Adrian R. Salgado, Florida International University
Xuan Jiang, Florida International University
In this reflective paper, the authors share the trials of their writing center’s graduate writing program as it transitioned from fully physical and in person pre-COVID to fully virtual during COVID. The graduate writing program aims to help establish a channel for graduate students from the stage of completing coursework to that of completing graduate degrees when attrition is likely to happen. With four semesters and three phases, the current writing group program includes the following features: multitudinous collaborations, allocated space, appropriate accountability, and progressive reciprocity. These features have increased student retention and improved student isolation, creating opportunities for companionship in academic writing. As a result, this has increased the success of participating graduate programs. The authors’ accumulated reflections contribute to writing center practice with the aim of developing similar writing support programs in other centers and contributing to writing center scholarship as another layer of experiential introduction to more Replicable, Agreeable and Data-supported (RAD) research studies.
Keywords: multitudinous collaborations, allocated space, appropriate accountability, progressive reciprocity
Just as Amy Whitcomb (2016) found in her case study, many graduate students pursue their graduate programs as if on an isolated island, only attending their classes and meeting their major professor as go-to support. As a result, many graduate students feel frustrated, anxious, and even depressed. Without support, students are unable to complete their programs within the required years because of the obstacles in completing theses, dissertations, or capstone writing projects (Kells, 2016). Hence, it is necessary to provide systematic and ongoing support for graduate students beyond the classroom or faculty mentorship (Harris, 1982; Kells, 2016) in order to foster “professionalism” and “persistence” in graduate degree programs (Bell & Hewerdine, 2016). One sort of the aforementioned support—a writing group—has been discussed, studied, and merited as a “safe space for cultivating a culture of collaboration and critique among graduate students as colleagues” (Kells, 2016, p. 28; Mannon, 2016).
As discussed in the literature, writing groups are most typically hosted in writing centers (WCs) and facilitated by consultants (e.g., Bell & Hewerdine, 2016; Mannon, 2016). In order to implement the practice, however, WCs need more concrete details to ensure the success of the program and the students they serve.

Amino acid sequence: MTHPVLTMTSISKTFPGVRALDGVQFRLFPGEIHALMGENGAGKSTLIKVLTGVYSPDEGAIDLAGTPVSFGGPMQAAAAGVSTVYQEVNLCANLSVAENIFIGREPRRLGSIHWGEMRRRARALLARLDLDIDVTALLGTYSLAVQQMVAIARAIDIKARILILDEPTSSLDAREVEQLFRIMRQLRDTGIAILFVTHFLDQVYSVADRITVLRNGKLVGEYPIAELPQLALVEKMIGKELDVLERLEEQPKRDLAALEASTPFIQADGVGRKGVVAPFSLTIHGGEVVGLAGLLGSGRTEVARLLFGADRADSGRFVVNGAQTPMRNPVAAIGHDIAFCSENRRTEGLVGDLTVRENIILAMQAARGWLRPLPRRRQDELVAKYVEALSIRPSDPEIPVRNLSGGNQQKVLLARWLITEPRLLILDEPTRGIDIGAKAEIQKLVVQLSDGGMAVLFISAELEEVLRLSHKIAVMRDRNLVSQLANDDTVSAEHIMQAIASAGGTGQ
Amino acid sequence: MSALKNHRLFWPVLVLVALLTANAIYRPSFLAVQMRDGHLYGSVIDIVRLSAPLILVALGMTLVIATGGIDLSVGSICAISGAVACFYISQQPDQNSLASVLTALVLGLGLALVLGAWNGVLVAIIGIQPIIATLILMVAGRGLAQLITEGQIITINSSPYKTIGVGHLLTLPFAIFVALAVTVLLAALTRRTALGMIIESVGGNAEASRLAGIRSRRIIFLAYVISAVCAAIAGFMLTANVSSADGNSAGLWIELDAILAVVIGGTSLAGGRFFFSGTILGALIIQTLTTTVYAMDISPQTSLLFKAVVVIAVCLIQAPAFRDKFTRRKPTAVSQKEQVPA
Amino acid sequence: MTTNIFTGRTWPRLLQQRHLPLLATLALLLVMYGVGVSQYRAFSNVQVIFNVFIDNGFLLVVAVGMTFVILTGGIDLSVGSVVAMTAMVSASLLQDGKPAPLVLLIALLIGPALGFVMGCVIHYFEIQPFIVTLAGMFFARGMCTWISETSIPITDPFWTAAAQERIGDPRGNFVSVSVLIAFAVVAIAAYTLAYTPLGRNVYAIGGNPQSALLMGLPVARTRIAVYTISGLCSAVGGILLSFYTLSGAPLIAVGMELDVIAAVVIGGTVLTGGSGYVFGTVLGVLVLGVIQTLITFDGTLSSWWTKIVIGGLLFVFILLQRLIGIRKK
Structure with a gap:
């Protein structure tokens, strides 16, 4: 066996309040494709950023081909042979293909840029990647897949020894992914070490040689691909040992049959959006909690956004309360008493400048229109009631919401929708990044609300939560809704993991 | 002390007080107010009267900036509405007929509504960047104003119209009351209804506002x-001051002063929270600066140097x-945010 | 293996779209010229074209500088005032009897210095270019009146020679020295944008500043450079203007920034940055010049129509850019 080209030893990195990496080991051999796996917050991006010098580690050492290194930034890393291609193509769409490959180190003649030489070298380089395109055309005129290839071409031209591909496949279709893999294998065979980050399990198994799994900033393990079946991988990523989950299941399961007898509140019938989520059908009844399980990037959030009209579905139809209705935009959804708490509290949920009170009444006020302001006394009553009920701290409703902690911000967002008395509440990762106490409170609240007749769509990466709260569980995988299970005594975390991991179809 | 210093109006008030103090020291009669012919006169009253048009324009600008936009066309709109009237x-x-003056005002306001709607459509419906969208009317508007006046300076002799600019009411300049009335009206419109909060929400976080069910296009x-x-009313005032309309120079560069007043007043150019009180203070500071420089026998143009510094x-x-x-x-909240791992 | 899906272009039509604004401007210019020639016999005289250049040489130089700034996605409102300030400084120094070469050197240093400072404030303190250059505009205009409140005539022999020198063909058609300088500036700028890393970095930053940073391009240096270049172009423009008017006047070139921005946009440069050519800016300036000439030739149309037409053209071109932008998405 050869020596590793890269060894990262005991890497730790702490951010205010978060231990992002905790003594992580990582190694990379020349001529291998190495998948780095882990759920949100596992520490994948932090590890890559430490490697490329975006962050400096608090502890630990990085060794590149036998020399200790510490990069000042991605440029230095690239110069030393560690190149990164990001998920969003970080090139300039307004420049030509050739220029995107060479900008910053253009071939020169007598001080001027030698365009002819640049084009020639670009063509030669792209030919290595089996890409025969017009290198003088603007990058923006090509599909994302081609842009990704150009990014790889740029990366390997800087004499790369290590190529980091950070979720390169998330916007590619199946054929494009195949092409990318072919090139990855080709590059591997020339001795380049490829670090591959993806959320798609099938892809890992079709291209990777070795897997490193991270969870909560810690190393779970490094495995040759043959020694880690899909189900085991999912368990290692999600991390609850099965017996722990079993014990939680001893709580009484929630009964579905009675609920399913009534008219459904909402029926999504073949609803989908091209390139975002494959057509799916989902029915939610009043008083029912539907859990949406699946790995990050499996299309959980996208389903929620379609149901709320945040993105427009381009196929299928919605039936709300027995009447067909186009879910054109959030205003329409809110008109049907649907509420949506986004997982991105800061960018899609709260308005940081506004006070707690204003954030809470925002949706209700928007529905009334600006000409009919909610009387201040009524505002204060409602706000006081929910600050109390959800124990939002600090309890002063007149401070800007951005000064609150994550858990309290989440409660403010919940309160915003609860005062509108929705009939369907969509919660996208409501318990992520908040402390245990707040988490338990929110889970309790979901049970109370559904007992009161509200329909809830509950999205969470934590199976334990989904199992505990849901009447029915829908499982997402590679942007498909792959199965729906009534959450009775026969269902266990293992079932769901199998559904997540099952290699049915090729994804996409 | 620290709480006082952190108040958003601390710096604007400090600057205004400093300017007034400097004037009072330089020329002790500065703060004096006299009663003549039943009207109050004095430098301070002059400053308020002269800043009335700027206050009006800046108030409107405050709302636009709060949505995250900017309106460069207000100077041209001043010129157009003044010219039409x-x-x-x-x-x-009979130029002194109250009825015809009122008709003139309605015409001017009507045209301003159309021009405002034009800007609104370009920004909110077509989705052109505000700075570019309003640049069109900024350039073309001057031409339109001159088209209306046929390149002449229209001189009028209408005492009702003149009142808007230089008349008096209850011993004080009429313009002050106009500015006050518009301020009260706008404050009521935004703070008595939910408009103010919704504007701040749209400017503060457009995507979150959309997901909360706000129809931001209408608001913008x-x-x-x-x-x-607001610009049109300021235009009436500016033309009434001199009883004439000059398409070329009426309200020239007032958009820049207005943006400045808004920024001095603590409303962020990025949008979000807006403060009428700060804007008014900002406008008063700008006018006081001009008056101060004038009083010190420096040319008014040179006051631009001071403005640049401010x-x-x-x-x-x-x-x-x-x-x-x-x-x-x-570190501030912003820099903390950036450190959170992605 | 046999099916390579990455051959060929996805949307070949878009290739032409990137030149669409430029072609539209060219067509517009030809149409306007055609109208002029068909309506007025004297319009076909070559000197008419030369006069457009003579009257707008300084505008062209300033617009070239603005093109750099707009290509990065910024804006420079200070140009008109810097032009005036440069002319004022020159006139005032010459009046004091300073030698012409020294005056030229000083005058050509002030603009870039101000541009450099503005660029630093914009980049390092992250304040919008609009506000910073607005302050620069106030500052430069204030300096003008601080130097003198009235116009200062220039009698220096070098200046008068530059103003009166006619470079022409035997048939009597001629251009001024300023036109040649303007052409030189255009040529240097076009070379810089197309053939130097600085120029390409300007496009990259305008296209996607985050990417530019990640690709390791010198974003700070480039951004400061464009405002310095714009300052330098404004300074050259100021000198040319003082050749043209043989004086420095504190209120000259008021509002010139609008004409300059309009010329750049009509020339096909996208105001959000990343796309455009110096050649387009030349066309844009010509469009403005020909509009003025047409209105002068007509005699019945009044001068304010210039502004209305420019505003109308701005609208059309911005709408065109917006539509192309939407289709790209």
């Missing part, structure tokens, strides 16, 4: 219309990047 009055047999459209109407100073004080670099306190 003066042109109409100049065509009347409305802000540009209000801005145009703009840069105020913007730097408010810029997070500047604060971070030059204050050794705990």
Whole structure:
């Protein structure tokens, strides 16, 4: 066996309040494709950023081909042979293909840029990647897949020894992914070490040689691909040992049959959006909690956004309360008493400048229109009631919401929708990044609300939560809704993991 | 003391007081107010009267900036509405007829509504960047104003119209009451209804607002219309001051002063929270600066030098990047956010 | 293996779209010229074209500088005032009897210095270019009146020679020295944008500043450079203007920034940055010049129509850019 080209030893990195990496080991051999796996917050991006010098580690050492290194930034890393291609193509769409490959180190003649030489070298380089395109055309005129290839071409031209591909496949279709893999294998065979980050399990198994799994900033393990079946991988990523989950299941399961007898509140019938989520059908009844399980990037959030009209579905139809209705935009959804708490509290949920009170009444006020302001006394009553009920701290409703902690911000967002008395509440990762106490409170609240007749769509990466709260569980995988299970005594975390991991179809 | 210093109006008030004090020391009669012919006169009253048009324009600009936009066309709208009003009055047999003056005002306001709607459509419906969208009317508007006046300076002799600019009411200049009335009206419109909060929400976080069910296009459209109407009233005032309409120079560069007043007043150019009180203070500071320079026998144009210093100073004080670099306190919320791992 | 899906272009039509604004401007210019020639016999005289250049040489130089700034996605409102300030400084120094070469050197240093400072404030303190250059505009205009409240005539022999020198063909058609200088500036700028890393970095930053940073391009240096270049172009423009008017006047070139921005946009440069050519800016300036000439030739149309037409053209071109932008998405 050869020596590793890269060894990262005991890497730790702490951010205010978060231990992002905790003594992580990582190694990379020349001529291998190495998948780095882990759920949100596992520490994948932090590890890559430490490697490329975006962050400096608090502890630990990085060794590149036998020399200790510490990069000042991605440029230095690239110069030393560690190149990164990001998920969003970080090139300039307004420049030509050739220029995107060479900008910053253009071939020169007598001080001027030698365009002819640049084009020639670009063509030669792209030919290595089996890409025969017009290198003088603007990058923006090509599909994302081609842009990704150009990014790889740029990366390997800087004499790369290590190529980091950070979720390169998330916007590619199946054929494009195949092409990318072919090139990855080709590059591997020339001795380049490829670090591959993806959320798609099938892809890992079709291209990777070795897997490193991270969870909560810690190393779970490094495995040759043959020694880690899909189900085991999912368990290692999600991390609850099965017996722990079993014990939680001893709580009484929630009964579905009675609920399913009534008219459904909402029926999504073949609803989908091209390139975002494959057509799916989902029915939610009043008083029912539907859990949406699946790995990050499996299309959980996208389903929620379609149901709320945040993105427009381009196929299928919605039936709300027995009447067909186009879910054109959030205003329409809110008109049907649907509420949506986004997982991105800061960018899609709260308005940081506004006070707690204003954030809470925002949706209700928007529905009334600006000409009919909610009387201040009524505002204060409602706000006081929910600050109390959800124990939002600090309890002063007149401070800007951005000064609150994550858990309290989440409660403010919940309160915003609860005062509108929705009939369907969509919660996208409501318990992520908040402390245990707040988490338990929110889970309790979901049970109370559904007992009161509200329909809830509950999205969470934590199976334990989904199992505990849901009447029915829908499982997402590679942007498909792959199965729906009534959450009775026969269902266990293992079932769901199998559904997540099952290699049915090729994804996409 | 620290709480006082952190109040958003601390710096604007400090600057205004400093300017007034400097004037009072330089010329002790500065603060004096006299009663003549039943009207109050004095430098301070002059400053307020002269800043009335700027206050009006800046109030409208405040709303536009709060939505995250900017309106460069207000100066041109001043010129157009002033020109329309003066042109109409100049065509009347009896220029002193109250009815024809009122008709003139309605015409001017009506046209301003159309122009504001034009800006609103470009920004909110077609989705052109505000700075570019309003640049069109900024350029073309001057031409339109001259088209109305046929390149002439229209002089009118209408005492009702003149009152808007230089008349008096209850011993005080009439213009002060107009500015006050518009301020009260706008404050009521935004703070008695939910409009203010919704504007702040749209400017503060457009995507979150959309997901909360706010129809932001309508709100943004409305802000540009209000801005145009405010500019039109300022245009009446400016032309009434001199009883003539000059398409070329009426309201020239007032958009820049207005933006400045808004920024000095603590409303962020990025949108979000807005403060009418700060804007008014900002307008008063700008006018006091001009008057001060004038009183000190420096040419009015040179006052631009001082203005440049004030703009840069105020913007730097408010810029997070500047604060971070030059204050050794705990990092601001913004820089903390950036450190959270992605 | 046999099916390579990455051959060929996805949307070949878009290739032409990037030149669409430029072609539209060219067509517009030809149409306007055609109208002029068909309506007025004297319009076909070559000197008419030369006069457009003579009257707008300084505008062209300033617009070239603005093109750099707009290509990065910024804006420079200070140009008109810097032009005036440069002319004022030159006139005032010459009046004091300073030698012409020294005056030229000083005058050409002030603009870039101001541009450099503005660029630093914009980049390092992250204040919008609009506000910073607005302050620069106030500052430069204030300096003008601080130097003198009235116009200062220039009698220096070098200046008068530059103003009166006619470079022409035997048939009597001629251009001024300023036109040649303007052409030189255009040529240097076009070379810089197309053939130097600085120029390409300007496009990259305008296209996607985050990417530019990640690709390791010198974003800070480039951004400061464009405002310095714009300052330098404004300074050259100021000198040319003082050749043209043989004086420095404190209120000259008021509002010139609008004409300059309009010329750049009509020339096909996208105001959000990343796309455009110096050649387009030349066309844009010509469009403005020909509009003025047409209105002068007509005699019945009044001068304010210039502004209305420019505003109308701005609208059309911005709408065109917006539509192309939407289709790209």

In this paper, the authors will introduce existing literature pertaining to their writing group—Graduate Writing Mentorship Program (GWMP). In order to situate this discussion, the paper will begin with the exigence for the GWMP. Then, they will describe the evolution of the GWMP, a weekly three-hour-long writing group, while sharing their thoughts, reflections, and critiques in the form of proposed take-aways and best practices. The discussion of the GWMP, as well as its successes and failures, is intended to inform other WC practitioners of more contextual considerations for such programs in order to contribute to existing WC practice. Additionally, it is the author’s hope to inspire potential RAD research, as advocated for decades by scholars, including Harris (1982) and Driscoll and Powell (2015).
Four Features of Writing Groups from Literature
Writing groups are one of the approaches to addressing “the intersection of writing, student, tutor, professor, and graduate school” (Whitcomb, 2016, p. 87). Extending the support from faculty’s own vision (Kells, 2016), it “meet[s] the expanding expectations of graduate school and various professional communities” (Remmes Martin & Ko, 2011, p. 12). Features of writing groups include “personal goal setting, timelines, and accountability…navigating relationships and networking…knowledge-sharing…encouragement” (Remmes Martin & Ko, 2011, pp. 14–15). Building upon this discourse, the authors will elaborate on the following aspects: multitudinous collaborations, allocated space, appropriate accountability, and progressive reciprocity.
One of the main benefits of having multidisciplinary writing groups rather than discipline-specific groups is that “[s]ince students bring different disciplinary knowledge to the table, less emphasis is placed on knowledge linked to a particular discipline, and students can perform as experts within their own disciplines” (Brooks-Gillies, Garcia, & Manthey, 2020, p. 201). In addition to the students themselves, the consultants leading the groups also benefit from multidisciplinary perspectives. By understanding the different types of academic writing styles and research topics, consultants are able to carry this knowledge from the writing groups into their work in the WC. One strategy is novelty moves as “a flexible heuristic used in diverse academic disciplines,” which empowers tutors to engage with writing beyond their content background (Reineke et al., 2018, p. 168). Reineke et al. (2018) mentioned a handout in their chapter, which is from Student Academic Success Center at Carnegie Mellon University, to show how to establish novelty with four rhetorical moves: explain significance, describe the status quo, identify a “gap,” and fill the gap with your current research. Novelty moves can also help develop expertise to equip consultants “with strategies for stimulating student learning” (Bitzel, 2013, p. 1). As tutors gain different perspectives from the students in the groups, they also share their own unique research and writing experiences.